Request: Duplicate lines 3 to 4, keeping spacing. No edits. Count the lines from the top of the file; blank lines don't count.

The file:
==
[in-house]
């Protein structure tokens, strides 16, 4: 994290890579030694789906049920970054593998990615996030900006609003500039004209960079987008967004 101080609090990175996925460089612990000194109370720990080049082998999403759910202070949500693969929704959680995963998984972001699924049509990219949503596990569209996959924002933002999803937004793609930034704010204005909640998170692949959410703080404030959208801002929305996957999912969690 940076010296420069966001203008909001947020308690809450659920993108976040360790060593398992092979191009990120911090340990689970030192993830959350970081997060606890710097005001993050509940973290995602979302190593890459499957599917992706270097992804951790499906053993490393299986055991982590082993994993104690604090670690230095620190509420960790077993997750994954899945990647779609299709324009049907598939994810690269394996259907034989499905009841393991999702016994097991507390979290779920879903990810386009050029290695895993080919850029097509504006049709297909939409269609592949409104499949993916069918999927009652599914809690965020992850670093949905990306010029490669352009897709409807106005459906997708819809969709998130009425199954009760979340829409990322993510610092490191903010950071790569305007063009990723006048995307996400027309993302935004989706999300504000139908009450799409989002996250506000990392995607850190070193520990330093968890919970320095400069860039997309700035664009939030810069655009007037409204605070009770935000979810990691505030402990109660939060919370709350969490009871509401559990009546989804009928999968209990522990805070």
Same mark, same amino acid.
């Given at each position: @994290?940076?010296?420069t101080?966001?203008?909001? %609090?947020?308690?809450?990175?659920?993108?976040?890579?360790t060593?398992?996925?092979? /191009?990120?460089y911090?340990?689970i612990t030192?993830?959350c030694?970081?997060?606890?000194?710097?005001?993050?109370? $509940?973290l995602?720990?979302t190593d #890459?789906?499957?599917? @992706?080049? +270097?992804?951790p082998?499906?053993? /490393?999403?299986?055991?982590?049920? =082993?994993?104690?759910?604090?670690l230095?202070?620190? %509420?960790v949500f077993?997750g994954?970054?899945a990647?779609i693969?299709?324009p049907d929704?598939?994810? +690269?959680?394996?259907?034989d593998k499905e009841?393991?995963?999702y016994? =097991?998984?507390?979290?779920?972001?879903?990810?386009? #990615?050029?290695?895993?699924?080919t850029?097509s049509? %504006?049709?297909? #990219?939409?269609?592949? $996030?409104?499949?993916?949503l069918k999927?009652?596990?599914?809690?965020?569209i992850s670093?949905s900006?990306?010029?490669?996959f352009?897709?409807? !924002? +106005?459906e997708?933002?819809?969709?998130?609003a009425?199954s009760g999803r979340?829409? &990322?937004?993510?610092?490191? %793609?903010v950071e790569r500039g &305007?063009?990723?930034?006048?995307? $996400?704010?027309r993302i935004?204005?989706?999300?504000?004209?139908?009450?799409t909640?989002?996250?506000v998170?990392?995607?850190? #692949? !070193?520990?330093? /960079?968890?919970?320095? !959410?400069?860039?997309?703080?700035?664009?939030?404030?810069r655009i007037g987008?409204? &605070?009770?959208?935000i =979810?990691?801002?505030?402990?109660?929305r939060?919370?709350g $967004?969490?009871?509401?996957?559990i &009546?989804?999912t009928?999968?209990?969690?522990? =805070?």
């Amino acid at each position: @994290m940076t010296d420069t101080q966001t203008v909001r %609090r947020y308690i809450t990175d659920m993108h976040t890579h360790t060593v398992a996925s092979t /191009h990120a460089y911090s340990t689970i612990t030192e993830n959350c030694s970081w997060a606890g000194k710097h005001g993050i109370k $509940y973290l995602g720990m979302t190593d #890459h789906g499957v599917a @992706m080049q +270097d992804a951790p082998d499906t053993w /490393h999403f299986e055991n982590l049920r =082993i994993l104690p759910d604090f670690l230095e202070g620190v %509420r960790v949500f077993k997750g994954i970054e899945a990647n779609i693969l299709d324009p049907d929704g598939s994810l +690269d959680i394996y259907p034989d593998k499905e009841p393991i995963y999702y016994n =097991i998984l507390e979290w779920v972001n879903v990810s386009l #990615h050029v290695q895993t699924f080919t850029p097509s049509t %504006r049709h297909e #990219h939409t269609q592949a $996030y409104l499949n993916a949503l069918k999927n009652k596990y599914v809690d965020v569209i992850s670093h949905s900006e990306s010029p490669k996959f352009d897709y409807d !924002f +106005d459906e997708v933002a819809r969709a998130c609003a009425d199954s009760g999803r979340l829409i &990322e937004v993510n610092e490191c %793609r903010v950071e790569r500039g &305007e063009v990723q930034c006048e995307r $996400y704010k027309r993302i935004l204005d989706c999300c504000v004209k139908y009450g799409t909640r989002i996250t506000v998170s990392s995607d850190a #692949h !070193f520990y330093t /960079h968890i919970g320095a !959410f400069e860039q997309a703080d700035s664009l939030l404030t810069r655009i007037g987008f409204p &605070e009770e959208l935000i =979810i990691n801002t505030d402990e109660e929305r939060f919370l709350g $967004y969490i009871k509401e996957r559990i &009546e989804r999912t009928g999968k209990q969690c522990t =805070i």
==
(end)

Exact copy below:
Same mark, same amino acid.
């Given at each position: @994290?940076?010296?420069t101080?966001?203008?909001? %609090?947020?308690?809450?990175?659920?993108?976040?890579?360790t060593?398992?996925?092979? /191009?990120?460089y911090?340990?689970i612990t030192?993830?959350c030694?970081?997060?606890?000194?710097?005001?993050?109370? $509940?973290l995602?720990?979302t190593d #890459?789906?499957?599917? @992706?080049? +270097?992804?951790p082998?499906?053993? /490393?999403?299986?055991?982590?049920? =082993?994993?104690?759910?604090?670690l230095?202070?620190? %509420?960790v949500f077993?997750g994954?970054?899945a990647?779609i693969?299709?324009p049907d929704?598939?994810? +690269?959680?394996?259907?034989d593998k499905e009841?393991?995963?999702y016994? =097991?998984?507390?979290?779920?972001?879903?990810?386009? #990615?050029?290695?895993?699924?080919t850029?097509s049509? %504006?049709?297909? #990219?939409?269609?592949? $996030?409104?499949?993916?949503l069918k999927?009652?596990?599914?809690?965020?569209i992850s670093?949905s900006?990306?010029?490669?996959f352009?897709?409807? !924002? +106005?459906e997708?933002?819809?969709?998130?609003a009425?199954s009760g999803r979340?829409? &990322?937004?993510?610092?490191? %793609?903010v950071e790569r500039g &305007?063009?990723?930034?006048?995307? $996400?704010?027309r993302i935004?204005?989706?999300?504000?004209?139908?009450?799409t909640?989002?996250?506000v998170?990392?995607?850190? #692949? !070193?520990?330093? /960079?968890?919970?320095? !959410?400069?860039?997309?703080?700035?664009?939030?404030?810069r655009i007037g987008?409204? &605070?009770?959208?935000i =979810?990691?801002?505030?402990?109660?929305r939060?919370?709350g $967004?969490?009871?509401?996957?559990i &009546?989804?999912t009928?999968?209990?969690?522990? =805070?």